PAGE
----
[A]ccording to several military-technical materials reviewed for this study, PLA operational thinkers and scientists envision attacking U.S. aircraft carrier battle groups with swarms of multi-mission UAVs in the event of conflict.… The ultimate goal of combined UAV and missile campaigns would be to penetrate otherwise robust defense networks through tightly coordinated operations planned to optimize the probability of overwhelming targets.
Meanwhile, the Iranians are experimenting with their own UAV capabilities, including through use by proxies such as Hezbollah, which last year launched a UAV into Israel. Pakistan and Turkey, rapidly exiting their pro-American orbits (such as they were), are entering this space as well: The Pakistani military last fall revealed that it is working on developing its own combat UAV, while reports from the same time period indicate that Turkey will supply its army with indigenously produced UAVs by the end of this year.
This proliferation is also forming the backdrop against which the United Nations is conducting an investigation of UAV use in counter-terrorism operations in order to determine, according to special investigator for the U.N. Human Rights Council Ben Emmerson, “whether there is a plausible allegation of unlawful killing.” The New York Times, in covering this development, conveys Emmerson’s less-than-convincing reassurances that this is not about the United States and its allies:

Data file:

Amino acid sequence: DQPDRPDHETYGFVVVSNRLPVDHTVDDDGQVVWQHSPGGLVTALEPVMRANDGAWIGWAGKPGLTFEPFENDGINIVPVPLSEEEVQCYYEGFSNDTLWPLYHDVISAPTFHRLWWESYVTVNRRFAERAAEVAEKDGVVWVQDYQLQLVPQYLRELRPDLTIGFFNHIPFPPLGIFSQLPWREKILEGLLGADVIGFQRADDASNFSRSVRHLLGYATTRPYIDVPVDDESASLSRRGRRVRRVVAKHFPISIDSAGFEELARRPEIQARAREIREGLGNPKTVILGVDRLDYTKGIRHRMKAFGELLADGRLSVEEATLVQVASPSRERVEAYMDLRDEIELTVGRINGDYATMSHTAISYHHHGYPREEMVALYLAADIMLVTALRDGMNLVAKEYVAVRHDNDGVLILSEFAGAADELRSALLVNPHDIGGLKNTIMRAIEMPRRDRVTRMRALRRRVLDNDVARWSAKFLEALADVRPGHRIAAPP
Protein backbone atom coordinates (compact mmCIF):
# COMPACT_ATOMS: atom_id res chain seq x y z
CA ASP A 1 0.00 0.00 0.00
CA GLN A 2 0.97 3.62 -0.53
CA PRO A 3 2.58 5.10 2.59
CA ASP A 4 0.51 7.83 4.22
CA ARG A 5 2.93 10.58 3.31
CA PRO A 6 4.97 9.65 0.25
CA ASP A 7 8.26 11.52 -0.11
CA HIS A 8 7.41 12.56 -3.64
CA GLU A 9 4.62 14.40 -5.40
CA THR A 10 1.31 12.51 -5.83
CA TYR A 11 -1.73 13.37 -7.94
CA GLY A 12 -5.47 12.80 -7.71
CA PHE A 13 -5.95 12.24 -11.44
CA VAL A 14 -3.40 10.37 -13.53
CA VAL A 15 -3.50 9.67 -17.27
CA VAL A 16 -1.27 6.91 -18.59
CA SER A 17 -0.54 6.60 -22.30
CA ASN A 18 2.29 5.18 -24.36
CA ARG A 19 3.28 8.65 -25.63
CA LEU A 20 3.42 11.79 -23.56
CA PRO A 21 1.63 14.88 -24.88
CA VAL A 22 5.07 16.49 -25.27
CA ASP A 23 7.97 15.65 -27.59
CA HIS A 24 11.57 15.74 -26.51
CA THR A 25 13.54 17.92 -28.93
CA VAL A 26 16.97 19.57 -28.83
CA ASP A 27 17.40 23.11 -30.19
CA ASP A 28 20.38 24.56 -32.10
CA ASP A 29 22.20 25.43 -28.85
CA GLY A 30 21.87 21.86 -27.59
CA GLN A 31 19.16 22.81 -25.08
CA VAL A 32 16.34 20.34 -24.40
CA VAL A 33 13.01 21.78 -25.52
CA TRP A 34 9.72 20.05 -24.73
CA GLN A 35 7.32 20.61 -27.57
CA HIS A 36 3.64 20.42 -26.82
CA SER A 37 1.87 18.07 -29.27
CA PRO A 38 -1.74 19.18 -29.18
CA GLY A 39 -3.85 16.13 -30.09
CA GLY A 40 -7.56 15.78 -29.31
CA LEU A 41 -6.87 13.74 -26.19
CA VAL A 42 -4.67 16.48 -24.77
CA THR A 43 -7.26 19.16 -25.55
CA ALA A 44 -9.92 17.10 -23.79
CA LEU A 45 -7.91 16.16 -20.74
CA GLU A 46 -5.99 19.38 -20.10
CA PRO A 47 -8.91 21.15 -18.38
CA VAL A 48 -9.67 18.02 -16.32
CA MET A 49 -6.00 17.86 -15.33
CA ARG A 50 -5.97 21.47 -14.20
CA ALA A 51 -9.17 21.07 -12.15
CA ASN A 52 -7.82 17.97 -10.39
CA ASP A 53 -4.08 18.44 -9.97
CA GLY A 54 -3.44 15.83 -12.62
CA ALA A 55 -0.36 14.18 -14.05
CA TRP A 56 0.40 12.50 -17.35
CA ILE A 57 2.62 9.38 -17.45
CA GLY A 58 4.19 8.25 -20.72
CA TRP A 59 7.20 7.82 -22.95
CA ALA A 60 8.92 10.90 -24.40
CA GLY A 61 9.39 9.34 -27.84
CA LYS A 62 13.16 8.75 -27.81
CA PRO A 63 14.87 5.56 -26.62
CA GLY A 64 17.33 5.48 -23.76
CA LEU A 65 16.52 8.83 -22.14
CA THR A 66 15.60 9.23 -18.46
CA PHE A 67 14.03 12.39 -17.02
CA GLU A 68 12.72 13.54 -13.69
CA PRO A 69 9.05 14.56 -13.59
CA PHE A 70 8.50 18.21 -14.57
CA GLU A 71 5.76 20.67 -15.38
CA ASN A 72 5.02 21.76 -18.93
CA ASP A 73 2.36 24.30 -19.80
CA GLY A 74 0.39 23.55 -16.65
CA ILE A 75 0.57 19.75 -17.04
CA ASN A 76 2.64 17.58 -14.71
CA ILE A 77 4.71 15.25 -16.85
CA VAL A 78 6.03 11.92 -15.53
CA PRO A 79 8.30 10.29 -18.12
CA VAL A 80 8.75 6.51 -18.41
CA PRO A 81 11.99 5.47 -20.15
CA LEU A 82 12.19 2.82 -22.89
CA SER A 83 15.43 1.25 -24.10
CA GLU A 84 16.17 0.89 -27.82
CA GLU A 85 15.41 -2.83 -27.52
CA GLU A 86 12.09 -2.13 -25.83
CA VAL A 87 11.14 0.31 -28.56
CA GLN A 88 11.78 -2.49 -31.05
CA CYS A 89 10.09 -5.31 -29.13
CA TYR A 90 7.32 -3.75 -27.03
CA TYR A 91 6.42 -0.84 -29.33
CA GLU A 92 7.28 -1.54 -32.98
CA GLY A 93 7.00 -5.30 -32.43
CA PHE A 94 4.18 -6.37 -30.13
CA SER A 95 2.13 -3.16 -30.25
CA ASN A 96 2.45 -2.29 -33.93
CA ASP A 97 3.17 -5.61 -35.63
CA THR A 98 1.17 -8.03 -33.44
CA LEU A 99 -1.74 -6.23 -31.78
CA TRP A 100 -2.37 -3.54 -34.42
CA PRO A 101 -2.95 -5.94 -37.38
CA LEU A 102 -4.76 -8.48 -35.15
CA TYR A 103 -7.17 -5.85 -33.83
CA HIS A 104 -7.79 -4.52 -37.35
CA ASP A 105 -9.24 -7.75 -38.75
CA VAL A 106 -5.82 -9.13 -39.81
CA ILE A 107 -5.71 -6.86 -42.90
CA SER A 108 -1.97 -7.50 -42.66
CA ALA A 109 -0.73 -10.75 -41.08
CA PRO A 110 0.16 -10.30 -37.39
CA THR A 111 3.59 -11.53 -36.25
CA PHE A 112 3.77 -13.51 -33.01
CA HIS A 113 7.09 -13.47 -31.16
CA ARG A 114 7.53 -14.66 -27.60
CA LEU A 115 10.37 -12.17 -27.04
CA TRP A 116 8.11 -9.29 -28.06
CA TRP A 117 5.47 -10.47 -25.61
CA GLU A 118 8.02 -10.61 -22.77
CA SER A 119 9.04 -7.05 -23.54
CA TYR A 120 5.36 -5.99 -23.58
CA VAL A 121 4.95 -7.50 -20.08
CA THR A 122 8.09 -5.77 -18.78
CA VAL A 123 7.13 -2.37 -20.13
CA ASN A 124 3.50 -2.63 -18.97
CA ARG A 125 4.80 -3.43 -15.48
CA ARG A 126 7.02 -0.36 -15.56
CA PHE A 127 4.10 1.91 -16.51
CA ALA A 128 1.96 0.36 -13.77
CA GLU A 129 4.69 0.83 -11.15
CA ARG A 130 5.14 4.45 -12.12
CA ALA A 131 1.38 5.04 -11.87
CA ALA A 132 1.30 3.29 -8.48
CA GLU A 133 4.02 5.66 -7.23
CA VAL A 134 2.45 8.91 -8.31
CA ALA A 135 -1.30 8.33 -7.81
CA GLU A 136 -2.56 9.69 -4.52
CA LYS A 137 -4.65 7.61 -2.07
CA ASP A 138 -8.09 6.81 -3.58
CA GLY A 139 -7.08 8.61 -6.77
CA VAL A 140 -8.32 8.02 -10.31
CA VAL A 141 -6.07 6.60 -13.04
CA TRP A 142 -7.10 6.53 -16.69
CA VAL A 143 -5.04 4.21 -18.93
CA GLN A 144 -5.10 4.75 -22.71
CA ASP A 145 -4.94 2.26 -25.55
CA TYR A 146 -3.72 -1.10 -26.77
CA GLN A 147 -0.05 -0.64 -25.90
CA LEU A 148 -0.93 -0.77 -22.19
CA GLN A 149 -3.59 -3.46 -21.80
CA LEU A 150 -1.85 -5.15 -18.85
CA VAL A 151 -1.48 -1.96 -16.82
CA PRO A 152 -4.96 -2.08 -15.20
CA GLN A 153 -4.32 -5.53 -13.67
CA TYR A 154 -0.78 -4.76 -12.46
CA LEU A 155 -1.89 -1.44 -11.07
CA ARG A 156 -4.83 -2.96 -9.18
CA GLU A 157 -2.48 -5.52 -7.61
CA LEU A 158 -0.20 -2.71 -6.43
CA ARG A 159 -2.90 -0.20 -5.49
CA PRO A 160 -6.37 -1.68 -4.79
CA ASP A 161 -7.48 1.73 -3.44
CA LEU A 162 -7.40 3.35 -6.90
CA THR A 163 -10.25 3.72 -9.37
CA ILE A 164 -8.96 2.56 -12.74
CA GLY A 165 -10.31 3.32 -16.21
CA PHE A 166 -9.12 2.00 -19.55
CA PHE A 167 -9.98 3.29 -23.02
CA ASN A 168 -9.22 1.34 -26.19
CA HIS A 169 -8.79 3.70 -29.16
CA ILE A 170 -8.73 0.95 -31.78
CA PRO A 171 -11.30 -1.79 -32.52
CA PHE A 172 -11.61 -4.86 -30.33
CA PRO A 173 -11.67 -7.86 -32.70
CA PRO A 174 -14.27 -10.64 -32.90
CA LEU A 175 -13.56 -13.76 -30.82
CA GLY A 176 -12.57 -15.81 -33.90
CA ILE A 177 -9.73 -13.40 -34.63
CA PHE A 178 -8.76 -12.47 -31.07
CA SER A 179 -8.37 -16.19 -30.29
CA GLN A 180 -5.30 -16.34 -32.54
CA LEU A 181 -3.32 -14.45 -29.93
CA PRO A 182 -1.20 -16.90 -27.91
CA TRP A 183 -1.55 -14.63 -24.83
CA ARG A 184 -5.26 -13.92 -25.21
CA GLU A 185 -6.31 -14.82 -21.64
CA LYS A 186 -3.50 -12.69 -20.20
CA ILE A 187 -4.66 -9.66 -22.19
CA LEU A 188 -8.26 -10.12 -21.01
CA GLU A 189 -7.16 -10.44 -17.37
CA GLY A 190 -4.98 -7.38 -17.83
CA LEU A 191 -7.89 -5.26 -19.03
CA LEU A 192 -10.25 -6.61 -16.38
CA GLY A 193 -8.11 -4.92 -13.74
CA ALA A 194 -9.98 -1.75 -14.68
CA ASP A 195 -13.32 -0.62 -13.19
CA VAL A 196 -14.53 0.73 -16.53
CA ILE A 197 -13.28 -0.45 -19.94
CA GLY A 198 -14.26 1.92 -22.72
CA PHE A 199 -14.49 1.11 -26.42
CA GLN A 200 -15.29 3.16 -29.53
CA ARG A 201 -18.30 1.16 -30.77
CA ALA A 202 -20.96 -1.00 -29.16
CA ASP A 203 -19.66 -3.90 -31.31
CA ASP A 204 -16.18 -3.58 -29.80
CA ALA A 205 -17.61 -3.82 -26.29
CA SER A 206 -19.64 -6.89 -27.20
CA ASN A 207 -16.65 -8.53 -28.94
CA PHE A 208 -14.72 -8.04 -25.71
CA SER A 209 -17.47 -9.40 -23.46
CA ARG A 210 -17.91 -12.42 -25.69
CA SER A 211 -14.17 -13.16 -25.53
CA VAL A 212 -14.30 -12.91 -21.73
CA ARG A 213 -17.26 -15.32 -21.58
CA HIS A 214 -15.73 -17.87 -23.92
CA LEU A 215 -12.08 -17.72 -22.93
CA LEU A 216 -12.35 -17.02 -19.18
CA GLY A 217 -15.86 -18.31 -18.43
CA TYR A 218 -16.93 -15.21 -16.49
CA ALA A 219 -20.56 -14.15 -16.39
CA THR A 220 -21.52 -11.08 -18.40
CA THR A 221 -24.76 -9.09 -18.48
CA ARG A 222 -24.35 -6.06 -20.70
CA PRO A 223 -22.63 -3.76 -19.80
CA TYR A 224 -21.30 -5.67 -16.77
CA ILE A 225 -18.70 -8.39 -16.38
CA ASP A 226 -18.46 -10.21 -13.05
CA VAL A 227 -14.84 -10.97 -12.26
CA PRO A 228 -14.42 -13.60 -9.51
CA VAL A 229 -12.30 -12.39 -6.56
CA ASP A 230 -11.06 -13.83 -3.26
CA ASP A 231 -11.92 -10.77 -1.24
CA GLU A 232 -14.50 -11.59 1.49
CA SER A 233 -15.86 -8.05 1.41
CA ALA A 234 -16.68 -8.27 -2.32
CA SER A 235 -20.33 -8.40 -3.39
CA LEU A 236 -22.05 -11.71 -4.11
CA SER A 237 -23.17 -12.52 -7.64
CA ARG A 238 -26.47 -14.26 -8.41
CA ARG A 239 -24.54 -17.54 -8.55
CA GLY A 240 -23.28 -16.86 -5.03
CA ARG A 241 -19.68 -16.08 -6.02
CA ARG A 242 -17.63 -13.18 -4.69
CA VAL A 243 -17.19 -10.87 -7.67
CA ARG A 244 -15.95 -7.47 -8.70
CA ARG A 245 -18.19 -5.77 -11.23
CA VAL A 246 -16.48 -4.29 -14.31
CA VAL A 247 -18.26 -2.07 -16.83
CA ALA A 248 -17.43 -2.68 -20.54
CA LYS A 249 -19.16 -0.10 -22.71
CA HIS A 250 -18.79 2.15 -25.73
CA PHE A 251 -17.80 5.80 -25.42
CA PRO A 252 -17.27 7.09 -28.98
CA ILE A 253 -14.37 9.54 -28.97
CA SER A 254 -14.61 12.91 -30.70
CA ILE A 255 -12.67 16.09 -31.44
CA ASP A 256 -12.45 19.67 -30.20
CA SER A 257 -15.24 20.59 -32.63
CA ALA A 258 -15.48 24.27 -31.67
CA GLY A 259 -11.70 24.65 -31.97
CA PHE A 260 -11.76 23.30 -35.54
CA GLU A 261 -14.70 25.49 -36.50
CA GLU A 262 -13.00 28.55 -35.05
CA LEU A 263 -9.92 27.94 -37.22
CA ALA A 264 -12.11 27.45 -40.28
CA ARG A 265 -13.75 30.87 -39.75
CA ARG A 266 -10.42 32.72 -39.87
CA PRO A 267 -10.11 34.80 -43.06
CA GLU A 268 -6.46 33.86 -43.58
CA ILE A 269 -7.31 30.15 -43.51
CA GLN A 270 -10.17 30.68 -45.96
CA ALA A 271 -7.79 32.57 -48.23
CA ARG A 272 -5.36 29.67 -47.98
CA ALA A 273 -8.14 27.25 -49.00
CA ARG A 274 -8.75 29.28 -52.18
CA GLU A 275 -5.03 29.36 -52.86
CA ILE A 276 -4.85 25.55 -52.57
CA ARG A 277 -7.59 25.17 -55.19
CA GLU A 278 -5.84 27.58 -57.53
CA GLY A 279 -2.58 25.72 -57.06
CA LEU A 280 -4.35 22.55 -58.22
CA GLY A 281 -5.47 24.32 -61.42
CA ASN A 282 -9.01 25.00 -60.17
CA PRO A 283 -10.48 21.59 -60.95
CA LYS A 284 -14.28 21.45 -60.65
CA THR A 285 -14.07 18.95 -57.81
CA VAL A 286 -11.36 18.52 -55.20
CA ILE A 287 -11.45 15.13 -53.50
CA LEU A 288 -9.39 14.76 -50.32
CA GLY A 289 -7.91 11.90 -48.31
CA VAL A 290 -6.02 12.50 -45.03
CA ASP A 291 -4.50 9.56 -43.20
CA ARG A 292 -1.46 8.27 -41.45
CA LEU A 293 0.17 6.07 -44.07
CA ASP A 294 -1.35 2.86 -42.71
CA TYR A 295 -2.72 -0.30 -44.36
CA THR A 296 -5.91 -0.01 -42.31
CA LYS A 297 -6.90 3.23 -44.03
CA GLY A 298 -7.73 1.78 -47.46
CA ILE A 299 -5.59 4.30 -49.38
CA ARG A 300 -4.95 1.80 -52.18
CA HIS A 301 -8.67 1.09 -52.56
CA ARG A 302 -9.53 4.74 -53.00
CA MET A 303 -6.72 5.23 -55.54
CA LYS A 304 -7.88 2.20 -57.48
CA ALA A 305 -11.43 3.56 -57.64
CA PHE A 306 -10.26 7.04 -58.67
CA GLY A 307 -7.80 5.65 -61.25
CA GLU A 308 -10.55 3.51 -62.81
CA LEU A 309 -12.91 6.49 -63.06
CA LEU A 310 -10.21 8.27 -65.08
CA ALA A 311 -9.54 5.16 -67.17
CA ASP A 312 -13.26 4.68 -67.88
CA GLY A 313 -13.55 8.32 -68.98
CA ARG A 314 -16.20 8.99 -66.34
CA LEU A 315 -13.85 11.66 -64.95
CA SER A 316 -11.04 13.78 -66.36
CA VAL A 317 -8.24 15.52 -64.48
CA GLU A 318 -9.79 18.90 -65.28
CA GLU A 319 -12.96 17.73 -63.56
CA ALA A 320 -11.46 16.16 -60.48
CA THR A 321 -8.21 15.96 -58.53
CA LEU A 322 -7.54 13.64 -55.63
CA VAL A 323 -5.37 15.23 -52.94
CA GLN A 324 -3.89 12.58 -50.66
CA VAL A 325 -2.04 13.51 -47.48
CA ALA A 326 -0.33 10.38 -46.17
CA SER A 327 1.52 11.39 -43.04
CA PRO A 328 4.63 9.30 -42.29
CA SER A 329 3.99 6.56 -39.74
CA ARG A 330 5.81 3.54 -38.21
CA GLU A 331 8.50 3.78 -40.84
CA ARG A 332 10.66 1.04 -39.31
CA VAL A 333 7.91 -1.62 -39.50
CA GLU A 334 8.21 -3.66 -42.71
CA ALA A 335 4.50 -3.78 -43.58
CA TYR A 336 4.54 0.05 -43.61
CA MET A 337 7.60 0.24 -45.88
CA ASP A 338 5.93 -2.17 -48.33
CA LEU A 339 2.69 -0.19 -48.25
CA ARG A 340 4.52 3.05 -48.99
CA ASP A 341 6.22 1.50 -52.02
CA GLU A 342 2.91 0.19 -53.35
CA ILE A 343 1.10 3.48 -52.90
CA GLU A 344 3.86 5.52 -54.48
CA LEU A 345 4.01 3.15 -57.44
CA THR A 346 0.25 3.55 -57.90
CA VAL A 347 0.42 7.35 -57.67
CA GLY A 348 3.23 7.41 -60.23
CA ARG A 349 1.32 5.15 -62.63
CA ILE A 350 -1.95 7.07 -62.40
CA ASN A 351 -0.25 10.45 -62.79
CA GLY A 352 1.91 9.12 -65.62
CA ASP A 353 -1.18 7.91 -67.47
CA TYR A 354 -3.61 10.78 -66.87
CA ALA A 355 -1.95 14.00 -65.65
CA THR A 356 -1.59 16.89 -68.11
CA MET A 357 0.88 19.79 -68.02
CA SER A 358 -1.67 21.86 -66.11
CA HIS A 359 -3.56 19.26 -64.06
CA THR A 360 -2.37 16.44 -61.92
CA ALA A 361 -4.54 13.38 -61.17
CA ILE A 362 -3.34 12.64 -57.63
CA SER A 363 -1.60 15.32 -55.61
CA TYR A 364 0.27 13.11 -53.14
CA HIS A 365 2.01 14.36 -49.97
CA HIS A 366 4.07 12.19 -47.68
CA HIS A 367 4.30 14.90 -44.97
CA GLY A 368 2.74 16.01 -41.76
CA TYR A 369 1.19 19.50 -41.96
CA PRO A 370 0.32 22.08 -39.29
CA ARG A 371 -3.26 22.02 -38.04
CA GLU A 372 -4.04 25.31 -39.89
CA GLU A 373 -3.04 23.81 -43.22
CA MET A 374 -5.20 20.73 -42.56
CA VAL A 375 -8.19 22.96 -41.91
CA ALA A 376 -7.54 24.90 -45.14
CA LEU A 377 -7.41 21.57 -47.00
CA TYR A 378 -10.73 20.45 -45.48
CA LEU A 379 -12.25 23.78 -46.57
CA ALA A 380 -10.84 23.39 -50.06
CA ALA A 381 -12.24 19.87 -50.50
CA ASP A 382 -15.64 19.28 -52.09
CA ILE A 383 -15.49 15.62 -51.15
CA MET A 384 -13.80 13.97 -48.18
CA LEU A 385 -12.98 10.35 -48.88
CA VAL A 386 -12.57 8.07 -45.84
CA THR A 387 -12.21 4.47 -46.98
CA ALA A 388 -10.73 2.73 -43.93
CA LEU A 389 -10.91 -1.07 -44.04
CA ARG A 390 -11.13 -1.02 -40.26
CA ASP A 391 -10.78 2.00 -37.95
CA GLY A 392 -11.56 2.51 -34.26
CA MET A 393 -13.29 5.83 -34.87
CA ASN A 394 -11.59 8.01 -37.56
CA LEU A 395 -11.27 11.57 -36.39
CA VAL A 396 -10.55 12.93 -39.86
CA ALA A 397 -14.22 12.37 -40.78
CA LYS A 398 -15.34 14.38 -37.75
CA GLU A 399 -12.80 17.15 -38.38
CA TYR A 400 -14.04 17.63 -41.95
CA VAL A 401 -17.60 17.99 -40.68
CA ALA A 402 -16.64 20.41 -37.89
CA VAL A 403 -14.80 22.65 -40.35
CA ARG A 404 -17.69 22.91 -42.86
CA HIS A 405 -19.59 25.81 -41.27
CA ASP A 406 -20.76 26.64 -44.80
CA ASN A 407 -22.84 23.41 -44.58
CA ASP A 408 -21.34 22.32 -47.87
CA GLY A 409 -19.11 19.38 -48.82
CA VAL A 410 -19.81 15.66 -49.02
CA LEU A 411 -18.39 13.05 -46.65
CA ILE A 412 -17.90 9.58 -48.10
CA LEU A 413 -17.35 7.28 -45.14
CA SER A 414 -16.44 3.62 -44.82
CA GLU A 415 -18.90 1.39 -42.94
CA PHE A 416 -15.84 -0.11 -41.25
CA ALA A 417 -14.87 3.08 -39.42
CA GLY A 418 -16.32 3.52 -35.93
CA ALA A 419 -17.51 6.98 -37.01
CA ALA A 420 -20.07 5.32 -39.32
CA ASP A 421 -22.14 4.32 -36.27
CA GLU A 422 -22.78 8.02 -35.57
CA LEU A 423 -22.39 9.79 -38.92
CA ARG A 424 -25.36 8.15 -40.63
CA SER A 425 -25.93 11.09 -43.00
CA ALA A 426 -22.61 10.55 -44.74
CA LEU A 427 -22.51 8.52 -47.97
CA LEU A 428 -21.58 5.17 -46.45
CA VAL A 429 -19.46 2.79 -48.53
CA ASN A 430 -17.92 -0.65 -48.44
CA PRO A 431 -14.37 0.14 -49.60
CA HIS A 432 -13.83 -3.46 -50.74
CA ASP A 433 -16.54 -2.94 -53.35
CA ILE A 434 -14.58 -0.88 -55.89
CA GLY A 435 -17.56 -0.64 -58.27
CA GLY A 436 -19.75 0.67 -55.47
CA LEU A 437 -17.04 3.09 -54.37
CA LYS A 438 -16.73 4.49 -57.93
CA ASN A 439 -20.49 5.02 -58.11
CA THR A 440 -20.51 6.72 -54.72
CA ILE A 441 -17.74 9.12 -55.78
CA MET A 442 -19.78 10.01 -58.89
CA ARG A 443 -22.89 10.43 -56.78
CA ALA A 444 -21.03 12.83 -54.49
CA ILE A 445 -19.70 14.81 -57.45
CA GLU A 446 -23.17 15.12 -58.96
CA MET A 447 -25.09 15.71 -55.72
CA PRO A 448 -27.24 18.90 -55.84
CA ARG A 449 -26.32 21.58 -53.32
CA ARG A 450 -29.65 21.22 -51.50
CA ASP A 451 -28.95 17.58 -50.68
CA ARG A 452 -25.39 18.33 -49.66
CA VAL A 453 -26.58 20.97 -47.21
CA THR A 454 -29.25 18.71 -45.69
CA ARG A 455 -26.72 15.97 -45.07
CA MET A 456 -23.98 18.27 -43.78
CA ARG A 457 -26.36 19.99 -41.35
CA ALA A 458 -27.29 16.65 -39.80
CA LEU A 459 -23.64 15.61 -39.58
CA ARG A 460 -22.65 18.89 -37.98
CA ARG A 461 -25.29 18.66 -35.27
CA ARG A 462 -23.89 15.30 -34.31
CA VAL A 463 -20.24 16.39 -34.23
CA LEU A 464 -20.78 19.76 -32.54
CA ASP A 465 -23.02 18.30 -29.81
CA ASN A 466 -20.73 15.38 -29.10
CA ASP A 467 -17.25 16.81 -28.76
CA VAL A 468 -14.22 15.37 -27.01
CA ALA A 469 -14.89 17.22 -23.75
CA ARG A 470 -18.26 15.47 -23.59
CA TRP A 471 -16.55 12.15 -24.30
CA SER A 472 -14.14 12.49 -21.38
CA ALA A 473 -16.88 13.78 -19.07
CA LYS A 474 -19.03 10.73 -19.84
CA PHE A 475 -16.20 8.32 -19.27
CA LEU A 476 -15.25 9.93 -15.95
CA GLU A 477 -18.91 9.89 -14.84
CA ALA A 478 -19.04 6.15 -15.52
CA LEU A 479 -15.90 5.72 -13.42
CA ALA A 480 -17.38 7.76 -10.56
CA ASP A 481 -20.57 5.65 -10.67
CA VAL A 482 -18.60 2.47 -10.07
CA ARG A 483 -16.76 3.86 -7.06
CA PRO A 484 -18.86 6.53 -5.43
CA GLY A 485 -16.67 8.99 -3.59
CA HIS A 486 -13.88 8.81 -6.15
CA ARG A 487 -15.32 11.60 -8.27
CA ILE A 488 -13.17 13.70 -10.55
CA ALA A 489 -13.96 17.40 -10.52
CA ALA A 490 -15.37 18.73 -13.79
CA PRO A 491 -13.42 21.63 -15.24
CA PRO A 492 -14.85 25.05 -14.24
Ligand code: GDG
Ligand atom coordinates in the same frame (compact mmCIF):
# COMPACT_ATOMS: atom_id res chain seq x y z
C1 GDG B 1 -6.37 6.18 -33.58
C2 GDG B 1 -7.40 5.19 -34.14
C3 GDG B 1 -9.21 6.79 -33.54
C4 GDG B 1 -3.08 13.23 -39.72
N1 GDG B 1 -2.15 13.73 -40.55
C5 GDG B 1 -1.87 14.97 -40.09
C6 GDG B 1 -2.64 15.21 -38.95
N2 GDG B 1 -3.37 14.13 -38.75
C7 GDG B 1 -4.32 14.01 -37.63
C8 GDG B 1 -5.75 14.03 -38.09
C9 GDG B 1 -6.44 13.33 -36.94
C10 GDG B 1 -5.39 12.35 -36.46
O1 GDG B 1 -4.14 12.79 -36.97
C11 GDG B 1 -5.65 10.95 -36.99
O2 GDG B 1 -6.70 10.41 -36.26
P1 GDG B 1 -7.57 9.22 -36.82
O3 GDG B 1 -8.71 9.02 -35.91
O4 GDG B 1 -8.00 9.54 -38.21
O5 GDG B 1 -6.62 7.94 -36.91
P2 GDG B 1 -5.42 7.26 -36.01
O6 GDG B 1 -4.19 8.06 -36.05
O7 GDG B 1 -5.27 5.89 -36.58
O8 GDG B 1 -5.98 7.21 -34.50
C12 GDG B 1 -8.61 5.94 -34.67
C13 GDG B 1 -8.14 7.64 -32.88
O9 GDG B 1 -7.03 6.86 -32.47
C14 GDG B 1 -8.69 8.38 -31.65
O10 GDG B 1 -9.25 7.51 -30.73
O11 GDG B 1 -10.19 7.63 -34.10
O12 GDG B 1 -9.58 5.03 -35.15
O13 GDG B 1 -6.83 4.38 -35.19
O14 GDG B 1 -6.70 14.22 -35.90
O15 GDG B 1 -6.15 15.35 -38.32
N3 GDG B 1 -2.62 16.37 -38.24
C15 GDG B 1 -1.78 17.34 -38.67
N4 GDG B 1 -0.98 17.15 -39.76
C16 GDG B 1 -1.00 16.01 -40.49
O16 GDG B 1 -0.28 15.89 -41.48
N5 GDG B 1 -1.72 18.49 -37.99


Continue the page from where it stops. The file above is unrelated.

The immediate focus, Mr. Emmerson said in an interview, would be on 25 selected drone strikes that had been conducted in recent years in Afghanistan, Pakistan, Yemen, Somalia and the Palestinian territories. That put the panel’s spotlight on the United States, Britain and Israel, the nations that have conducted drone attacks in those areas, but Mr. Emmerson said the inquiry would not be singling out the United States or any other countries.
While it appears that Reuters’ inference — that President Obama is seeking out an international agreement on UAVs in response to events like these — is inaccurate, it remains plausible that he would take us down this path. Let’s not forget that President Obama has been a major supporter of multilateral agreements that limit American sovereignty, including the U.N. Law of the Sea Treaty, the Comprehensive Test Ban Treaty, the Convention on the Rights of Persons with Disabilities, and others.